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  1. I’m reviving this long dormant thread to tell you about the Moroccan green mint lime gimlet I made for my birthday. A pint of vodka, infused for 2 hours with a tablespoon each of whole leaf gunpowder green tea and dried mint. Lime juice, simple syrup. It was a fine thing.
  2. I freeze them in whatever form makes the most sense for that cookie, and can bake a variety fresh when needed. After I have enough for a nice variety, I start giving them away. We have a big platter on Christmas Eve, with the in-laws here. Some go to my mother's friends in her apartment building. Many turn into goodie bags for a local charity for homeless teens. Some I keep in freezer for general holiday and beyond munching. Edited to add: I find it a lot more relaxed than trying to make several kinds all on one day and then have all these fresh cookies sitting around needing to be dealt with immediately.
  3. I have my list. The baking has begun. Yes, I AM self-indulgent, how did you guess? In no particular order: 1. Peppermint swirl cookies 2. Nut gems (a Russian tea cake type thing) 3. Thumbprint cookies a) with jam, and b) red velvet cream cheese filled 4. Chocolate ginger molasses cookies 5. Biscotti a) double chocolate walnut and b) dried cherry, lemon, ginger, white chocolate 6. Peppery bourbon gingerbread snowflakes 7. Cut out cookies a) regular and b) chocolate 8. Mocha peppermint shortbread 9. Those orange creamsicle cookies 10. Confetti cookies 11. Garam masala cookies with white chocolate cream cheese frosting 12. Smitten kitchen's pretzel linzers with caramel filling 13. Cornmeal lemon rosemary butter cookies 14. Pumpkin maple cookies 15. Cinnamon bun cookies 16. Brown sugar/brown butter/cinnamon/coffee cut out cookies 17. Eggnog cookies 18. Brown butter/honey/pistachio bars 19. Struffoli 20. Marshmallows 21. Sourdough fruitcake 22. Pralines
  4. Last year I started almost a week late but made a batch of cookies every day of December through the 24th. Baked enough off for us to enjoy that day and froze the rest. When I needed cookies to give away I would bake up an assortment fresh. Then at the end of the month I still had enough that our spread had about 15 kinds on it. I felt awesome. I plan to do it again, starting on the 1st this year. Will pop back in here to post the list when I've got it sorted out.
  5. I made a soup version of Laurie Colwin's tomato pie tonight, plus biscuits. It was a very good idea.
  6. You might try boiling it a bit longer. Gel point is 221F. Sometimes it can take a while to get there!
  7. TeakettleSlim


    I don't care for cooked oatmeal either, even baked (though it is better than non-baked). But I took the ingredients for this (subbed dates for raisins and maple syrup for brown sugar), mixed them with pan-toasted rolled oats, and ate them with some yogurt. Excellent! Nice and crunchy and fresh.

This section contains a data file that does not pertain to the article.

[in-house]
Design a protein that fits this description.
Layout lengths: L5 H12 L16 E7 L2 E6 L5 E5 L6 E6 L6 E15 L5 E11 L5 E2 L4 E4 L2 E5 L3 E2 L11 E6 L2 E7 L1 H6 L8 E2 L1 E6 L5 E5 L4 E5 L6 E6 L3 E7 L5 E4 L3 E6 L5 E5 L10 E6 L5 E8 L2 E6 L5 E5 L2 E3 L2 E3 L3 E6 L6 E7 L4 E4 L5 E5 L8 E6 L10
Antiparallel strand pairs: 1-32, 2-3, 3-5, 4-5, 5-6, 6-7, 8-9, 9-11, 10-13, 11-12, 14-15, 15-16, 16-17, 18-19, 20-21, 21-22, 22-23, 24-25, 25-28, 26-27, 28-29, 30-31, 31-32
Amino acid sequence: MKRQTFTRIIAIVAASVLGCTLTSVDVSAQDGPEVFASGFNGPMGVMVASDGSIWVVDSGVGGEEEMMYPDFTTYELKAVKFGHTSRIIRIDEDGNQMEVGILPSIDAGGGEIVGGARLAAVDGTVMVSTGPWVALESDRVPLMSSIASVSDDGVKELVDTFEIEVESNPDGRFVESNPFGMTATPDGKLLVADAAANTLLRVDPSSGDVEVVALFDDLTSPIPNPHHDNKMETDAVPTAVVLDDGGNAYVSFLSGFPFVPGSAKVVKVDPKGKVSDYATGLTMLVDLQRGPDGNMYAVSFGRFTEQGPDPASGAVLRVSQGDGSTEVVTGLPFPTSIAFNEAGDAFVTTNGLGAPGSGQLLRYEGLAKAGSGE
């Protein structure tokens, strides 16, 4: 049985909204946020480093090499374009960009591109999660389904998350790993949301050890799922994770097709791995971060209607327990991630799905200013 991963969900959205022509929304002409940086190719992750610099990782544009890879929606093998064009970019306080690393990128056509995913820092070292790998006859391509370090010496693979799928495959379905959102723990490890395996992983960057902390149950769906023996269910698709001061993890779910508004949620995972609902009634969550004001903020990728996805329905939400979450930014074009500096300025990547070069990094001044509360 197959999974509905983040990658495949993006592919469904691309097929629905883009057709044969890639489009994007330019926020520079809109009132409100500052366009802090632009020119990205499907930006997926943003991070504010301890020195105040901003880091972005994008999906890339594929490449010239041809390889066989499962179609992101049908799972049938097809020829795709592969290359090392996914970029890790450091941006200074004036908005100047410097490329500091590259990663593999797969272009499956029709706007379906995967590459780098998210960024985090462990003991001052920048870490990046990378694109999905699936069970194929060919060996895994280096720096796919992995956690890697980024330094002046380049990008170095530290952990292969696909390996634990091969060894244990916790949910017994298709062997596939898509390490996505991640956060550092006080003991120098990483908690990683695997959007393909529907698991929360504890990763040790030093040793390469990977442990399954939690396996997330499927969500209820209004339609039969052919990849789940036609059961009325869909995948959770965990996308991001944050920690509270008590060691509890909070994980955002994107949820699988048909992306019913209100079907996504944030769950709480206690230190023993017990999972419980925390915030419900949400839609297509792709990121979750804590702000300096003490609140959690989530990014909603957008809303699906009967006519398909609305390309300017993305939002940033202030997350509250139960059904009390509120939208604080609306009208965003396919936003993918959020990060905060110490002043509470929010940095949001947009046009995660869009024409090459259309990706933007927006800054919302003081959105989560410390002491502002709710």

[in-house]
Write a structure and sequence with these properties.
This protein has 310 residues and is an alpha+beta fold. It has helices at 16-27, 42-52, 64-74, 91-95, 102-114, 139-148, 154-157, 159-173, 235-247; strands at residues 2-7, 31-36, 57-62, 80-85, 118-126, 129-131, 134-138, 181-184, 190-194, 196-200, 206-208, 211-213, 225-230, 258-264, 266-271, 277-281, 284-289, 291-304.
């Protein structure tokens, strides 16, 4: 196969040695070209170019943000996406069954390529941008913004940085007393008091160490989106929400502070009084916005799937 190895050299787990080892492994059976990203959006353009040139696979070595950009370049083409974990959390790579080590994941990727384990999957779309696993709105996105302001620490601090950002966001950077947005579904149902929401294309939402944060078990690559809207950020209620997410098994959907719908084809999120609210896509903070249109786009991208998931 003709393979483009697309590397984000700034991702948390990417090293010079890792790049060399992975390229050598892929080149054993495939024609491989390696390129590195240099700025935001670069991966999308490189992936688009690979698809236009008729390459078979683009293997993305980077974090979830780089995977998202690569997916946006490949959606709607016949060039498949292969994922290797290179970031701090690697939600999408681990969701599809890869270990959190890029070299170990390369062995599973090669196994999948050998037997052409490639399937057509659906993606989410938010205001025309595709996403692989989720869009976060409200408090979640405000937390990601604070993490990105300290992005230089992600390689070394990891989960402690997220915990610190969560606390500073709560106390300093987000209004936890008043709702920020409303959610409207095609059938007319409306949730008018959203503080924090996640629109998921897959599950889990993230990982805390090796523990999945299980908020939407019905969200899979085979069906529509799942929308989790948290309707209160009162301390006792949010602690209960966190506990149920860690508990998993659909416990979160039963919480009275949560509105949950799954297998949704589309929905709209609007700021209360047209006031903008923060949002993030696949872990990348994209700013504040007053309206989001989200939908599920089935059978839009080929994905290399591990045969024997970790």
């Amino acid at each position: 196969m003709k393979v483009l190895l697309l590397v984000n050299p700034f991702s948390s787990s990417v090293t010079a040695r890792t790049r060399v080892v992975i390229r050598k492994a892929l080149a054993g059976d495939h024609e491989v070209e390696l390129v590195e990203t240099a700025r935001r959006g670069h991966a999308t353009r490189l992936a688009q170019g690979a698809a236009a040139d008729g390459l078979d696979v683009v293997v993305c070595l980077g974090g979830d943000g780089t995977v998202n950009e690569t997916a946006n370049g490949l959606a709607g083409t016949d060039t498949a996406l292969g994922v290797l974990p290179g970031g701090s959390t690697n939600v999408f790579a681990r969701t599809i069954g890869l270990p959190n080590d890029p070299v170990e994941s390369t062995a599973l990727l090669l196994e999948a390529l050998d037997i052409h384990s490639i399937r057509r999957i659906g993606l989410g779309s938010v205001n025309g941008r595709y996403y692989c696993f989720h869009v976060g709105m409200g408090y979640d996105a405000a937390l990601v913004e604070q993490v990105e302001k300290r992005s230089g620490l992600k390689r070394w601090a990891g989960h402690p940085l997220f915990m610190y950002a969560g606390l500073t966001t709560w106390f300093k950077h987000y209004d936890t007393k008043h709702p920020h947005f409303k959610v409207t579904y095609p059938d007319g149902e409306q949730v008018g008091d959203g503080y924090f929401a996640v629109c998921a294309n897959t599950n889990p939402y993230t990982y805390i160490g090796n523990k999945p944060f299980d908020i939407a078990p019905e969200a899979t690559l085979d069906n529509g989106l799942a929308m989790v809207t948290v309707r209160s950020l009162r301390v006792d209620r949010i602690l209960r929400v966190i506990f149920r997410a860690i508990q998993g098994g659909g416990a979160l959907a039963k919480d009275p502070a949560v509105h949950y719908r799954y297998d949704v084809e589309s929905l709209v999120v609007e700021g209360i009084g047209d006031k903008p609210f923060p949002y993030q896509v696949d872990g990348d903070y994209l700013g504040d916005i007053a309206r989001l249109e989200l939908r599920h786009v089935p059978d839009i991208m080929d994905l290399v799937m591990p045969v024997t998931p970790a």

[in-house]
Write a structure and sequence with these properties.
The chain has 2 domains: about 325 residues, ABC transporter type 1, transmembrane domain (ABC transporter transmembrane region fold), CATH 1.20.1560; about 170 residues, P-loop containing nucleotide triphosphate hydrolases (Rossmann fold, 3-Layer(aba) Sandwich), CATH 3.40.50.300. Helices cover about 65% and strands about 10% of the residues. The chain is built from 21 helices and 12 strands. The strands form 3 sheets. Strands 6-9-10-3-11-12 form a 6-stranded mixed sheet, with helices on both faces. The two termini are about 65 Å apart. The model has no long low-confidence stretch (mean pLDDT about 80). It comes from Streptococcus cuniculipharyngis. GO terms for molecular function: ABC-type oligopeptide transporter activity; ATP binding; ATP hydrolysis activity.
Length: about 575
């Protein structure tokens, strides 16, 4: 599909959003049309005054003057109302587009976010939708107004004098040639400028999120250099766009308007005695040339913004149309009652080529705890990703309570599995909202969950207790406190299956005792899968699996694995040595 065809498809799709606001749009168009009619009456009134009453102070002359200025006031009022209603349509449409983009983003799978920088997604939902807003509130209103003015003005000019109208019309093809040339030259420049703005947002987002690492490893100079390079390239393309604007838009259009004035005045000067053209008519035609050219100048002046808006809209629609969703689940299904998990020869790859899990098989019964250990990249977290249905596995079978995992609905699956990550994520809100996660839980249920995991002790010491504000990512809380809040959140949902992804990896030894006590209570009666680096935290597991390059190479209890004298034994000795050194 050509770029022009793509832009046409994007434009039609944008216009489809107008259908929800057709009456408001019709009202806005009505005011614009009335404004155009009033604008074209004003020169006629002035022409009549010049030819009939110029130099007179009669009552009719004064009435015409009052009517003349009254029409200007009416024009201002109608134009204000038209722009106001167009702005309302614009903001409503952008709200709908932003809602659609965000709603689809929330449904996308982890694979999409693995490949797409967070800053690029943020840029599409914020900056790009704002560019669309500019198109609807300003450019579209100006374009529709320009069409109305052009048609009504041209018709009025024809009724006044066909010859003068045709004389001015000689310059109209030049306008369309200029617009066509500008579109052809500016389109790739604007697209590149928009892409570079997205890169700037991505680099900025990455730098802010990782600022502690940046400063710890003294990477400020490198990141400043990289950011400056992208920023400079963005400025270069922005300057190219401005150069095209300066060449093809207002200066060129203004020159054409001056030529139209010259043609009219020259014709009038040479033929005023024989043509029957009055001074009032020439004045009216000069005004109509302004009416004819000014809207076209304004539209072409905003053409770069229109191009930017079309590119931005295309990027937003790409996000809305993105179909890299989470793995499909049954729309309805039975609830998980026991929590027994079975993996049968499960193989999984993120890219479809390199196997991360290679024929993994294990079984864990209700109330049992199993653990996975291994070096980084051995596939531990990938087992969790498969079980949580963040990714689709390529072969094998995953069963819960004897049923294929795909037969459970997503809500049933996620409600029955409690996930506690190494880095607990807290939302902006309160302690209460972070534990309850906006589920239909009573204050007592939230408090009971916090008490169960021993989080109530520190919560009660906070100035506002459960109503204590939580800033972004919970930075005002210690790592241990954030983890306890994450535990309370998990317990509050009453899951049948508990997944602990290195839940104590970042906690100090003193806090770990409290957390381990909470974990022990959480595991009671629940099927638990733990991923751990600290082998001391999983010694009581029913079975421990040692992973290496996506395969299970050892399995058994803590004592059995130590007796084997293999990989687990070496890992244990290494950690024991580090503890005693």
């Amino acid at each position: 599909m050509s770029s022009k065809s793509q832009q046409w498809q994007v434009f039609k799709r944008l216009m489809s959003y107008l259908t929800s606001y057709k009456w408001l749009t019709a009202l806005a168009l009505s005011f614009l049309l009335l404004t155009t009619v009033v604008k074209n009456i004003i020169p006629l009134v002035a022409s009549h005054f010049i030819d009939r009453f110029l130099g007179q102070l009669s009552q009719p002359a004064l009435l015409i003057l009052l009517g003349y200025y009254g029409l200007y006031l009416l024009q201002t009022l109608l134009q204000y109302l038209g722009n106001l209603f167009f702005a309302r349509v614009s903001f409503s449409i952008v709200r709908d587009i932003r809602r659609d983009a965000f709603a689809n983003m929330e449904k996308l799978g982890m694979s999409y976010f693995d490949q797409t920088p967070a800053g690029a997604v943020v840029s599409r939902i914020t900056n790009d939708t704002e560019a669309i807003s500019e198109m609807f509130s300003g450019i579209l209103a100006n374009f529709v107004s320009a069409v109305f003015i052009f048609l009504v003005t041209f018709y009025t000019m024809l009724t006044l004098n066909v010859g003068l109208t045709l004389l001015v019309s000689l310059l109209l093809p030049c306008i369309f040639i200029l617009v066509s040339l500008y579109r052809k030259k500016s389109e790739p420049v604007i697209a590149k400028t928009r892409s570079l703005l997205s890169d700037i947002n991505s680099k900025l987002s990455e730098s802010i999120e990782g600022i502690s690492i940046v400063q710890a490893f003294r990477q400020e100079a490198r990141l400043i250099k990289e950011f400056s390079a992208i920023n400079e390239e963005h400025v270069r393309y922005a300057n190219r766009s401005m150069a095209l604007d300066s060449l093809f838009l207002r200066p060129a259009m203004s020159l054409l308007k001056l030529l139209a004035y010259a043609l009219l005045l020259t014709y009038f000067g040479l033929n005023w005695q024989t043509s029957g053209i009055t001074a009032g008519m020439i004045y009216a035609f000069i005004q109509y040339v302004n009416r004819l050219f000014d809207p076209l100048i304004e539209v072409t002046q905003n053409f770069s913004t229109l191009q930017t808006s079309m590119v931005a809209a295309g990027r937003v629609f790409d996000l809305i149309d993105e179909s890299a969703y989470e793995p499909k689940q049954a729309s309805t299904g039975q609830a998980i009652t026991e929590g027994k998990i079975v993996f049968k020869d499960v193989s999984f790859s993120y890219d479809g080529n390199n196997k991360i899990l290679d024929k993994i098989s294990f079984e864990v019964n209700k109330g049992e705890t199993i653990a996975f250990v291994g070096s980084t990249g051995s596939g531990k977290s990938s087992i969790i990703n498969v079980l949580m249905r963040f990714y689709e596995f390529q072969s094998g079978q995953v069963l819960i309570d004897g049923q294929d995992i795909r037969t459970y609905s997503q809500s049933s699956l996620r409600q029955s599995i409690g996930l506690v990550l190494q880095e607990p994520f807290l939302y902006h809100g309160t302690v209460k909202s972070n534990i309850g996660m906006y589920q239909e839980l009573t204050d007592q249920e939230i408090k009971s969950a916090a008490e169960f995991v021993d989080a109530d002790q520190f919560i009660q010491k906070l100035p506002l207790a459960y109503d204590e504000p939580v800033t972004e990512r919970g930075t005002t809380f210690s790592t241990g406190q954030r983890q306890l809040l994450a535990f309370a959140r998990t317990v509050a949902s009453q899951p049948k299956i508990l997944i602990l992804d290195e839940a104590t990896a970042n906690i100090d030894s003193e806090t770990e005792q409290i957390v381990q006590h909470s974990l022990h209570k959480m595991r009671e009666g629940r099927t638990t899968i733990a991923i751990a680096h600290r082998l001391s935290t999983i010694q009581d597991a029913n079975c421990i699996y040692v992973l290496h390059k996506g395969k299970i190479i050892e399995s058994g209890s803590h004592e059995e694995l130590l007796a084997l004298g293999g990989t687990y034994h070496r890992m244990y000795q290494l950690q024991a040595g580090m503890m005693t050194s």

8. Ok, ChocoMom-- how do you peel a Hubbard? The best I have been able to come up with is dropping it on the sidewalk and roasting...j sliced my knuckle open to the bone once trying to get at it with a knife!
  9. I'm a bit late to the party, but I won't let that stop me. I am a diehard Hubbard fan-- it's the only winter squash that tastes good enough to eat the plain roasted purée by the bowlful. Which I do. Maybe with some marmalade stirred in. I have 3 of the biggest ones I could find waiting to be roasted right now. If you roast a Hubbard or another sweet large squash and cover it well enough in foil that juices and drippings accumulate, you can boil them down at the end and make a lovely molasses-like syrup. My absolute favorite soup is this one: http://www.epicurious.com/recipes/food/views/southwestern-pumpkin-soup-104064 Though I double the spices. It's the quickest (no onions!) and smoothest and all around bestest. I do something similar to the Parmesan squash discussed earlier in the thread, but with extra sharp cheddar. Slice up the butternut and layer it in a pan with cubed cheddar, sprinkle on some thyme and drizzle with cream. Bake until bubbly and brown and soft.
  10. That might work! I don't recall having seen it around here, though. I will have to go on a search. Have you tried it in caramels? Does it otherwise behave like cane sugar?
  11. A little girl in our circle of friends is allergic to cane sugar and dairy (among other things). I was planning on bringing a caramel apple station to a potluck she'll be at and would love to be able to offer something she can partake in too since she feels pretty excluded this time of year. I found a recipe using all honey, and tahini, but don't know how she'd feel about the tahini. I am curious about whether I could use all maple? Or coconut oil and coconut cream for the fat? Corn syrup is also an option.
  12. For our family it is not religious, not patriotic (although some books my children have been given do talk about that mythical First Thanksgiving). Many of my friends have gratitude-focused practices they undertake for the month of November, and while I don't do anything public like 30 Days of Gratitude on Facebook or somesuch, I would say that is more my focus too. And as you say, family, friends, and sharing food. We always try to find people to invite who might not have anywhere to go for the day, and my mother tells about my grandmother giving plates of food to people in need out the back door during the Depression. Celebrating abundance and sharing it to some extent.
  13. Chelseabun, my mother suggested rhubarb too...but I've never been a fan, really. I guess because it wasn't available where I grew up. More importantly, I have not seen it frozen (but admittedly have not sought it out). Will have to add it to the long list for years when we have more guests. I hear many people are fans. AnnaN: YES. That is it! Thank you thank you thank you!
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